This content is syndicated from Insights You Can Use by Esther Derby. To view the original post in full, click here.
Here in the United States, our business culture tends to be action-oriented. We value the ability to think fast and act decisively. These qualities can be strengths. However, like most strengths, they can also be a weakness. Taking action when you don’t know the facts can lead to irreparable harm. Deciding too quickly before you’ve examined your options can lead you down the wrong path. Fixing fast may assuage symptoms but leave the underlying problem to fester.
Treating symptoms may work with the common cold, but with many technical and organizational problems it’s a prescription for disaster. Before you chase a solution, slow down and make sure you are looking at the underlying problem, not just soothing symptoms. (Sometimes, as with the common cold, you do need relief from symptoms in order to make any progress.) Of course, we can’t always tell right away whether we are fixing a symptom or an underlying issue. But, if the problem keeps coming back, you can be sure that you’ve been dancing around manifestations of the problem, not tackling the problem itself.
Start by Questioning Your Questions
Every question contains assumptions. While a question opens one avenue of inquiry, it closes others. The questions you ask constrain your thinking about the problem and your eventual solution. For example, in one company, the executives weren’t satisfied with the speed with which the IT department delivered projects. They sacked the VP of the IT department and brought in a new one with a reputation for decisive management action. The new VP immediately started asking questions, which seems like a good sign, until you know her questions:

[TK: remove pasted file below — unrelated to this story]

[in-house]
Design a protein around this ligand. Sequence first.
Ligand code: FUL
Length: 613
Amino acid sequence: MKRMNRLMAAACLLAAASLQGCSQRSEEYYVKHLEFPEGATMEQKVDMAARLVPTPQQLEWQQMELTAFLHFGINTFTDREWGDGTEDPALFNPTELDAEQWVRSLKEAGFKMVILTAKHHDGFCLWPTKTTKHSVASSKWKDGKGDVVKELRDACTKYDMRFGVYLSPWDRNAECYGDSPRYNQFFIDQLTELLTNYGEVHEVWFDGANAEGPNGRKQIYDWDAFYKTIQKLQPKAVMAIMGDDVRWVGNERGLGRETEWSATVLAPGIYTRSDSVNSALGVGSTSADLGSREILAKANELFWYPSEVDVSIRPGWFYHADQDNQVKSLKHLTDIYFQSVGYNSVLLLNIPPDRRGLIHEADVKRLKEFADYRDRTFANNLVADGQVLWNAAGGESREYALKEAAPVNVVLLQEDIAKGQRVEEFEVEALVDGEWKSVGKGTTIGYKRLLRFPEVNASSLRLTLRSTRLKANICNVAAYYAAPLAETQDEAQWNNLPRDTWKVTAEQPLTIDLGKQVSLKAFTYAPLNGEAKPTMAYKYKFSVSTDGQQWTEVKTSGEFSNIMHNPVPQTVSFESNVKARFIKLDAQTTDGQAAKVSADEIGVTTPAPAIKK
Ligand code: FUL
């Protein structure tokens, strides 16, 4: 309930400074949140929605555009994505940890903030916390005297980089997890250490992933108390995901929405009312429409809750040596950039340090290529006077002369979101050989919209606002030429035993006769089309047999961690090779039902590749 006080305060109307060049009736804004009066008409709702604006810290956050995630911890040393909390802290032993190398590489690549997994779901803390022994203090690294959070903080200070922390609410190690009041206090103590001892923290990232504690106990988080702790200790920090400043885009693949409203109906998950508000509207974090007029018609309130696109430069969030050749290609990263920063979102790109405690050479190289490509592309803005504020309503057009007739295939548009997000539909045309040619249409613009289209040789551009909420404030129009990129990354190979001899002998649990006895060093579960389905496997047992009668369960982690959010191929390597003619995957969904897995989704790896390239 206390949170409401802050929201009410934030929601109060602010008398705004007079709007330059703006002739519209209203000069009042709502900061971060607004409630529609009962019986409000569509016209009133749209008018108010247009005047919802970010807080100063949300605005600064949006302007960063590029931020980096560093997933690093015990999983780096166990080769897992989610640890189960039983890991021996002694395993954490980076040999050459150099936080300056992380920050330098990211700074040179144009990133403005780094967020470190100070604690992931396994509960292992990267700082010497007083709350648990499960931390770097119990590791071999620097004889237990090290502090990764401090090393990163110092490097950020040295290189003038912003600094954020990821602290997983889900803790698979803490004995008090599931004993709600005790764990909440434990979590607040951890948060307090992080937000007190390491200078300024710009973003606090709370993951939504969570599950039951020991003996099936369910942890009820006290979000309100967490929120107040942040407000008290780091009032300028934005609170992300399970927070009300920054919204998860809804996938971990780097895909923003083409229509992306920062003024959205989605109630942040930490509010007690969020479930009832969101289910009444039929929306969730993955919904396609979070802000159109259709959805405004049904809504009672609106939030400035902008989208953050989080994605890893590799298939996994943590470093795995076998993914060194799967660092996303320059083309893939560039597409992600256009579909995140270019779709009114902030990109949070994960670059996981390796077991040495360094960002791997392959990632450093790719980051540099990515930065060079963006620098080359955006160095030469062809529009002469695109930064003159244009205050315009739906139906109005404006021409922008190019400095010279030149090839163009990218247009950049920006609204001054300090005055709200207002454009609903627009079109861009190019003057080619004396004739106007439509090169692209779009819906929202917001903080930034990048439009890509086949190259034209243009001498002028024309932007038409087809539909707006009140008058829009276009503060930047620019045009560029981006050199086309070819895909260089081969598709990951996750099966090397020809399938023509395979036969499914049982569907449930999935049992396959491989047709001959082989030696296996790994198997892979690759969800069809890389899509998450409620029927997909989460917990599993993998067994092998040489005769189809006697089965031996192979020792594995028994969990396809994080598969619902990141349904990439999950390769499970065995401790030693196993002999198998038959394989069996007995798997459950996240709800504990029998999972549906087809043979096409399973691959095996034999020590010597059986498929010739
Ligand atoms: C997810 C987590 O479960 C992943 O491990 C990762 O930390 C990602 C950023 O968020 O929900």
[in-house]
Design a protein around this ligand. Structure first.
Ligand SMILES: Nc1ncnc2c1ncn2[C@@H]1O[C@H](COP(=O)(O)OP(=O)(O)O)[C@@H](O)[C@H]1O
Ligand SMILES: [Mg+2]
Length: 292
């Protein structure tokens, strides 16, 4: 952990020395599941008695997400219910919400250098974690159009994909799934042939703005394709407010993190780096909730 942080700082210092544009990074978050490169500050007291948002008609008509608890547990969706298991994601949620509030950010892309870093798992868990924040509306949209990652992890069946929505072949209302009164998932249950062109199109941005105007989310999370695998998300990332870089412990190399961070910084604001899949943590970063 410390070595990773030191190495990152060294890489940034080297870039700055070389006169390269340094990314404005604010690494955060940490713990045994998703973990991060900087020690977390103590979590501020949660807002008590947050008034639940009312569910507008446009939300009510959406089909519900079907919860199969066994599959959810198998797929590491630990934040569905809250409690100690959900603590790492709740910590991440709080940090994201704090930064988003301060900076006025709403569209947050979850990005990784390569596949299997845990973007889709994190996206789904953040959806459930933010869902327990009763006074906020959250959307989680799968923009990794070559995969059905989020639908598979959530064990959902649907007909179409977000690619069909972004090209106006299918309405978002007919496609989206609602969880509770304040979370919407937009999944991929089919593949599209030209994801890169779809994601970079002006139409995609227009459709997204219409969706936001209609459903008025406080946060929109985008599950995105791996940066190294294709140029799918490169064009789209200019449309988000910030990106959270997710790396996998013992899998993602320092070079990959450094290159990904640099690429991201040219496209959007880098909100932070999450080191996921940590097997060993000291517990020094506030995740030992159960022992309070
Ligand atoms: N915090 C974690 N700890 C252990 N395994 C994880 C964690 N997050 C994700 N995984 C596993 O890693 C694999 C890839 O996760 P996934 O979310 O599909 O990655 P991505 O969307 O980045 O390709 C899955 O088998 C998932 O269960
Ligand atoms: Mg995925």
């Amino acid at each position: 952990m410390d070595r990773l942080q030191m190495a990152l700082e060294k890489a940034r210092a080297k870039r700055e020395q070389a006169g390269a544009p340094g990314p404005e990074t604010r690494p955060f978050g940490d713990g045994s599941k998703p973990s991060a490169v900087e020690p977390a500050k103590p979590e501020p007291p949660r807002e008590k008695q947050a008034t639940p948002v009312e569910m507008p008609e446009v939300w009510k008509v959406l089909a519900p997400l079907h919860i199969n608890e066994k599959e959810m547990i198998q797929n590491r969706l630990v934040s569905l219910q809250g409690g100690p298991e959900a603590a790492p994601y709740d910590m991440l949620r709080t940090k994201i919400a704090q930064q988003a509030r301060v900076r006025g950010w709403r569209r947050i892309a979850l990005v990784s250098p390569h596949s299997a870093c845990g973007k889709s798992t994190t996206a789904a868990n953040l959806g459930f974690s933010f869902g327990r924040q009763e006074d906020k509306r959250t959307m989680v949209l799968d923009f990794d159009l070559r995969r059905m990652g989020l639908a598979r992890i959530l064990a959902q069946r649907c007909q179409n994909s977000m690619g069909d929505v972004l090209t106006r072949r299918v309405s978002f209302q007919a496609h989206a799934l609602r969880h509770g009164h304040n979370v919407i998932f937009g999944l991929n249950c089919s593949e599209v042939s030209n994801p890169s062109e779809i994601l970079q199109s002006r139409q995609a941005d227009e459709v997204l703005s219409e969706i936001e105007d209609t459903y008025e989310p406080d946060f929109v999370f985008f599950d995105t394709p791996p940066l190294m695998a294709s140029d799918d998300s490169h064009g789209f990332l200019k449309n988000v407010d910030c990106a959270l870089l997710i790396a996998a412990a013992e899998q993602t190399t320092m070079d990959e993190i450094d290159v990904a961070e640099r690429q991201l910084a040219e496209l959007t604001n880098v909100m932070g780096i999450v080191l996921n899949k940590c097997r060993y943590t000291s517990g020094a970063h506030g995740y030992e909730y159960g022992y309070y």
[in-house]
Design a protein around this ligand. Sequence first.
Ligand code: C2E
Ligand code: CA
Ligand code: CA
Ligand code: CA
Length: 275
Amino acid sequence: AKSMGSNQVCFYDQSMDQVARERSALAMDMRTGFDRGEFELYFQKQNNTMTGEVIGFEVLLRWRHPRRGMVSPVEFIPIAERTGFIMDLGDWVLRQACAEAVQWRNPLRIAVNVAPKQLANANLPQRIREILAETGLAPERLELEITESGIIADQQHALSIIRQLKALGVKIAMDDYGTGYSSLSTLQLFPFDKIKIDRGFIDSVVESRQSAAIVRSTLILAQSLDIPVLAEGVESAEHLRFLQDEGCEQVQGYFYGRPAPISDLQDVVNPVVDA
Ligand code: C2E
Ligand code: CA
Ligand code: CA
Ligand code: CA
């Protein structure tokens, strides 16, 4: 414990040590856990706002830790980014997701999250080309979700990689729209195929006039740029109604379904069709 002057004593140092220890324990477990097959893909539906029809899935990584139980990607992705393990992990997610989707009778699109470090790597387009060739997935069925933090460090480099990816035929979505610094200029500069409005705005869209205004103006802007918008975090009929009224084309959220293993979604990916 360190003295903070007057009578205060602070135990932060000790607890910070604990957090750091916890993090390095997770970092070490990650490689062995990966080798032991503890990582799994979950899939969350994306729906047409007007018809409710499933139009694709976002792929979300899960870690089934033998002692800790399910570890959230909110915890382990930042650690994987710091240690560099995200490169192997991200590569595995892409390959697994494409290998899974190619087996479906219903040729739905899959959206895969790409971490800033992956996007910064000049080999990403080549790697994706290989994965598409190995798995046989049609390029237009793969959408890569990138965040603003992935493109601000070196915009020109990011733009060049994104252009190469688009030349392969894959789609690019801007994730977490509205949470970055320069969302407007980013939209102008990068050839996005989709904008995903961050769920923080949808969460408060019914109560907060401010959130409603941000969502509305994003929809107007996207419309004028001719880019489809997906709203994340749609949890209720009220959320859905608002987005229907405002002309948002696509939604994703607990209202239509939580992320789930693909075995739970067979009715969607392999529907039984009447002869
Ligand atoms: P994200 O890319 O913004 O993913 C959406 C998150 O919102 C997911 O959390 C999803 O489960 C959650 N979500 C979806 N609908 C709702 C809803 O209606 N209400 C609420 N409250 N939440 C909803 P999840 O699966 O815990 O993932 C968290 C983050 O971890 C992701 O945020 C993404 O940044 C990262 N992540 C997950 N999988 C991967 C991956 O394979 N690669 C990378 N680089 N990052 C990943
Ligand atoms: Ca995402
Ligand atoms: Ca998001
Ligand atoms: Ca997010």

Where is the dead wood?
How can we get the testers and developers to work harder and move faster?
These questions assume the source of the problem: lazy and incompetent people. But, what if the reason projects are late has something to do with the fact that people are assigned to several projects at the same time or that priorities change so quickly that teams never reach “done” before they are pulled to work on the latest urgent issue? The VP has already narrowed her inquiry and will only arrive at “solutions” that involve firing the “dead wood” and whipping those deemed “live wood.”
Examining our questions is critical, because not only do our perceptions influence the language we use, but also the language we use influences what we perceive.